It is noticeable within the ever-burgeoning EU that many organisations are opting for the greater efficiency and accessibility offered by a mainland European base. Within the EU there is also an increasing focus on what has become known as Mobility Management (“MM”) aimed at improving accessibility by reducing the volume of traffic on the road through a carefully co-ordinated mix of measures such as better integrated and improved public transport, car sharing, teleworking and business travel planning.
Within the EU most new commercial developments of any size or consequence are now subject to planning requirements to introduce MM measures and to monitor and measure their results and efficiencies. Holland in particular has achieved significant success as a result of the Dutch government’s recognition that the flow of the nation’s lifeblood (the goods in the lorries) was increasingly getting blocked by the volume of traffic in its severely restricted arteries (the roads) and that something had to be done about it.
Taxation and Costs
Don’t forget too to look at the regulatory regimes within each country. Will you be able to repatriate profits easily; what are the comparative costs of labour and the tax and social security costs? Finance Ministers regularly review, and often change, their ground rules to encourage inward investment or retain businesses that might otherwise be tempted to move elsewhere – so it pays to keep abreast of their thinking and of the changes they implement.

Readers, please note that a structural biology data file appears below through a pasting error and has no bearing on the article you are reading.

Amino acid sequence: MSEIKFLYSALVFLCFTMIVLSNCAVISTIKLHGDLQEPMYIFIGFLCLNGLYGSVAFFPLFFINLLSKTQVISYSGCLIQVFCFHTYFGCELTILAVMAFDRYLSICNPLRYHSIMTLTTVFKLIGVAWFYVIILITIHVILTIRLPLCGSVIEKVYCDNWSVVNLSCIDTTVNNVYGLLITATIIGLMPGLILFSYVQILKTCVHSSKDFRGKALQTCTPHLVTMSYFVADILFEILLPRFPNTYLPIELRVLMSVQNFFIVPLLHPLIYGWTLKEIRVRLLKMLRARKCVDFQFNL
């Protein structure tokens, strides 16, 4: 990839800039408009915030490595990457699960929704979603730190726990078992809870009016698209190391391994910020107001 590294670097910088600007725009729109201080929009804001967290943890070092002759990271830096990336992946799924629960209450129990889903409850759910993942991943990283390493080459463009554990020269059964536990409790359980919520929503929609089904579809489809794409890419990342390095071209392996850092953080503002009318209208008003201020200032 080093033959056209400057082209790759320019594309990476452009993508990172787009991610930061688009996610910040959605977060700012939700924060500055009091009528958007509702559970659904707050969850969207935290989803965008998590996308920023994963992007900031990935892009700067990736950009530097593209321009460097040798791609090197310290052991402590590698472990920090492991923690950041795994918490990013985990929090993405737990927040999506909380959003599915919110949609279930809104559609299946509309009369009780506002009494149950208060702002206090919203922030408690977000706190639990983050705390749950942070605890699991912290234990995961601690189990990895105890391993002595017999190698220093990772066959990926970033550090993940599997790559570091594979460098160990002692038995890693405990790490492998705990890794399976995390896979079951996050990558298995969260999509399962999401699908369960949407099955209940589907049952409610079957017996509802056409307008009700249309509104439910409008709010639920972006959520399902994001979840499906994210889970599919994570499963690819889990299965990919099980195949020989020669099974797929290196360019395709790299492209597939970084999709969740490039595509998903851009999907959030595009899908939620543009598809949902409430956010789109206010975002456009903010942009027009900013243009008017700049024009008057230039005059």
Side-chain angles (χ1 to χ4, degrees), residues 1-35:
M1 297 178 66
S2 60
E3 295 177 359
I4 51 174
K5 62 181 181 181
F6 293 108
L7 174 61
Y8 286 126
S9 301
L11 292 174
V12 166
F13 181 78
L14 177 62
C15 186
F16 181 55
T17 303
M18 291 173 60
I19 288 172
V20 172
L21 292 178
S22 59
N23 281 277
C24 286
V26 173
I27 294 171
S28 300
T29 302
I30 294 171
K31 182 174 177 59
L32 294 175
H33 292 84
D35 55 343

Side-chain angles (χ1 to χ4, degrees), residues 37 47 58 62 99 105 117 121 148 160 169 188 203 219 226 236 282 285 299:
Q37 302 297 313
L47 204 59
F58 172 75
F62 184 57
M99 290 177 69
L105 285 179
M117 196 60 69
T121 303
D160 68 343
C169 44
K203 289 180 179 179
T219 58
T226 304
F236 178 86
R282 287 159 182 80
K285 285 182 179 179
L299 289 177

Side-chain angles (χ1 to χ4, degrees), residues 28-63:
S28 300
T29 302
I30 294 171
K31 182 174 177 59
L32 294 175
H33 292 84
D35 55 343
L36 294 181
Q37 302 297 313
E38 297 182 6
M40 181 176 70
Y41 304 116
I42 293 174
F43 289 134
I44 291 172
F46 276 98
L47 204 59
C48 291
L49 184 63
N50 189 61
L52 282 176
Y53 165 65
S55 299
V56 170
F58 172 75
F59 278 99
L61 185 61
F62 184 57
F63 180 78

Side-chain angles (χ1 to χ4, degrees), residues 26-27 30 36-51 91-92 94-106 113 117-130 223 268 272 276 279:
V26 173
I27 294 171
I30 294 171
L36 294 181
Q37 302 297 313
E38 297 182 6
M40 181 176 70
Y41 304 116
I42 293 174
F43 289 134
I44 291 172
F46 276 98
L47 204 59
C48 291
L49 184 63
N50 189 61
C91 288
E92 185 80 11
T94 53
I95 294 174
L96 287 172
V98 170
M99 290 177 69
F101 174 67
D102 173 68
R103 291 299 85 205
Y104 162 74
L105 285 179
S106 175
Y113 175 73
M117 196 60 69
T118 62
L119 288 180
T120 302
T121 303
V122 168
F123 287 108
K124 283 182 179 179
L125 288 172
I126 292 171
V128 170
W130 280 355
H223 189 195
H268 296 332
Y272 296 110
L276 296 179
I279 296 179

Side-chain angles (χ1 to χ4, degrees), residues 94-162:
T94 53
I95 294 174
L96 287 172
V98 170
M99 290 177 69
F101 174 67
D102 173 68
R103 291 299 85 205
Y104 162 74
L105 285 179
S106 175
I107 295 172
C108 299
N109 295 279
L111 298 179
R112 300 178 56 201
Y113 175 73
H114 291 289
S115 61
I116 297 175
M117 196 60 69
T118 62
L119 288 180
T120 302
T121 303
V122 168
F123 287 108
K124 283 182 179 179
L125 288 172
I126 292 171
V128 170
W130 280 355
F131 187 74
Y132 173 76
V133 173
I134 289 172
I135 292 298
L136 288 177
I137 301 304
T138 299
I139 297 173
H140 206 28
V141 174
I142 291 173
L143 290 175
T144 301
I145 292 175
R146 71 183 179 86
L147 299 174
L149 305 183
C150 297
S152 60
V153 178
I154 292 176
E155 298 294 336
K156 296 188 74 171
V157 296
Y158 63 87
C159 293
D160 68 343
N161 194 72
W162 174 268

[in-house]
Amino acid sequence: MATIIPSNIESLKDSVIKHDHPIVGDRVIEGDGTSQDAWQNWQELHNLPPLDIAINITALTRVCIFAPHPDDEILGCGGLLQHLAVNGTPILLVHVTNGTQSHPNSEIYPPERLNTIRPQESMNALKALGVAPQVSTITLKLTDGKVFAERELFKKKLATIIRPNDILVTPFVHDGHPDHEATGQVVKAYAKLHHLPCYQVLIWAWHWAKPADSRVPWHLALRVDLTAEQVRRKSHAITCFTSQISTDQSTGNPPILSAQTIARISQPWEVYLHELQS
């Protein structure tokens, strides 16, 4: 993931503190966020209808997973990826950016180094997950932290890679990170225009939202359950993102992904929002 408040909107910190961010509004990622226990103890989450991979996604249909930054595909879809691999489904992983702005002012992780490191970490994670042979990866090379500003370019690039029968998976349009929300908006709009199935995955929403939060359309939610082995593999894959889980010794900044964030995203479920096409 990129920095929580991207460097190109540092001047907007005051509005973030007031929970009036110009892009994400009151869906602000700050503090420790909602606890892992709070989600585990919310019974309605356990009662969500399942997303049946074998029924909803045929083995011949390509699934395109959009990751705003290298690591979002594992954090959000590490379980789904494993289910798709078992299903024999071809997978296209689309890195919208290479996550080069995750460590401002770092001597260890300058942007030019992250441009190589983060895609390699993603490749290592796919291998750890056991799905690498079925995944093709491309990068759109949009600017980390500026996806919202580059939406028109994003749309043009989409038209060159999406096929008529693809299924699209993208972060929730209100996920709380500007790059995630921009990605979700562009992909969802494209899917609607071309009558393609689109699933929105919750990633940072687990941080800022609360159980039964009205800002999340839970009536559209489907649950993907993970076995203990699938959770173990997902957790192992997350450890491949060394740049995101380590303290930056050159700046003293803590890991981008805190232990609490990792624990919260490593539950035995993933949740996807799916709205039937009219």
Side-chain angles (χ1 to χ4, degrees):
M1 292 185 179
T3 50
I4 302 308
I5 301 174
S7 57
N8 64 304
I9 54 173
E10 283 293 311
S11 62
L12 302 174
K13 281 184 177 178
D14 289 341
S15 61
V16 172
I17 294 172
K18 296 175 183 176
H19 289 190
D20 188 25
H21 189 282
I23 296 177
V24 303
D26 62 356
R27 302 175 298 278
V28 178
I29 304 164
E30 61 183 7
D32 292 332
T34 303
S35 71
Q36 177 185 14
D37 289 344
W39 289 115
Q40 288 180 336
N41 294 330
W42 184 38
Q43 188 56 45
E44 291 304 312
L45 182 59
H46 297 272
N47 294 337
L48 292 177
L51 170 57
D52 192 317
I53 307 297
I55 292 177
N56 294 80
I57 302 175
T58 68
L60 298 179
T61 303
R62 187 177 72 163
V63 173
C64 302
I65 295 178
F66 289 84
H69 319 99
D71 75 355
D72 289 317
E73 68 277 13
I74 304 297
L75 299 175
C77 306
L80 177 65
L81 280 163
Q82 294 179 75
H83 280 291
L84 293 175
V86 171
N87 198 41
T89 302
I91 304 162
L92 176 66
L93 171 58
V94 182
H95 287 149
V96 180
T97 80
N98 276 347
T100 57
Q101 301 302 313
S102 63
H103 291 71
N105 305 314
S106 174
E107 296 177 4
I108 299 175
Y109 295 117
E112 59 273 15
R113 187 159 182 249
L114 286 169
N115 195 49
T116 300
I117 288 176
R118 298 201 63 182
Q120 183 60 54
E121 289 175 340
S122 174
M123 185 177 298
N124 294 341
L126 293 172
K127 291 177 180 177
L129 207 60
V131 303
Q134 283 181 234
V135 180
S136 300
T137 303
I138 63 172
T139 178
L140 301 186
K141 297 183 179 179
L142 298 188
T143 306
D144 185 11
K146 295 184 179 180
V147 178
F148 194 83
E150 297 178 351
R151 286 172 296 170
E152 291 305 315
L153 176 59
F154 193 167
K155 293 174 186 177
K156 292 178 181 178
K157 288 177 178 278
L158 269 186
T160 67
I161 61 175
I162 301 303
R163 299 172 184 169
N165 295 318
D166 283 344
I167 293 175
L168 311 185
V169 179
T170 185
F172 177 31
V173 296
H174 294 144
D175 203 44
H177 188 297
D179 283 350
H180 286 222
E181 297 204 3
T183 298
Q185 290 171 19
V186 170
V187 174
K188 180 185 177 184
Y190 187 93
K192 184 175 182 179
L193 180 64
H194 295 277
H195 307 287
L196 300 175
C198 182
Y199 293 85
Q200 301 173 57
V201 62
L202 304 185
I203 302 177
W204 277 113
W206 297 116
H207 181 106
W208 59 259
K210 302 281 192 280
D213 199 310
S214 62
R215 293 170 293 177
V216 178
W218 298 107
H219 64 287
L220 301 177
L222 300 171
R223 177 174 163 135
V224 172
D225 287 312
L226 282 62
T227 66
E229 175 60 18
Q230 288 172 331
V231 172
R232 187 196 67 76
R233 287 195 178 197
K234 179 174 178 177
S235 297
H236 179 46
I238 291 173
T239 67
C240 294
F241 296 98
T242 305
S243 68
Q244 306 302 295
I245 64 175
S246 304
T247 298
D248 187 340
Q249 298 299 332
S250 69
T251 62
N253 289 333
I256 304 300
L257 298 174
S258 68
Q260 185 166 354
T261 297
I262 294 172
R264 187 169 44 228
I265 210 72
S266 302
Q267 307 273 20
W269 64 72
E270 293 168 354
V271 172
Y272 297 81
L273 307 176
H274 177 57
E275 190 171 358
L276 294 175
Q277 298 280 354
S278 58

Who Will Make it Happen?
And finally what about your most precious assets – the people you will ask to make it all work? Its’ essential to carefully review all the hard issues like rents, local taxes, occupation and labour costs – but will your key staff who have to make the venture succeed be happy and motivated? If not you’re going to face problems. It’s not at all unusual for expatriate assignments overseas, to set up and run new ventures but then to fail.
According to the Washington DC based Employee Relocation Council, over a third of expatriate assignments fail. Even worse, most failures occur within the first six months. Imagine the impact of this failure on a new business venture in an overseas location. Not only will the individual have failed but the business itself may be in jeopardy. Staff hired locally will be leaderless and “head office” will be desperately trying to paper over a widening credibility and confidence crack, whilst frantically looking for a suitable replacement.
Investing sufficient time up-front to evaluate local housing, education, customs and procedures will be repaid a hundredfold.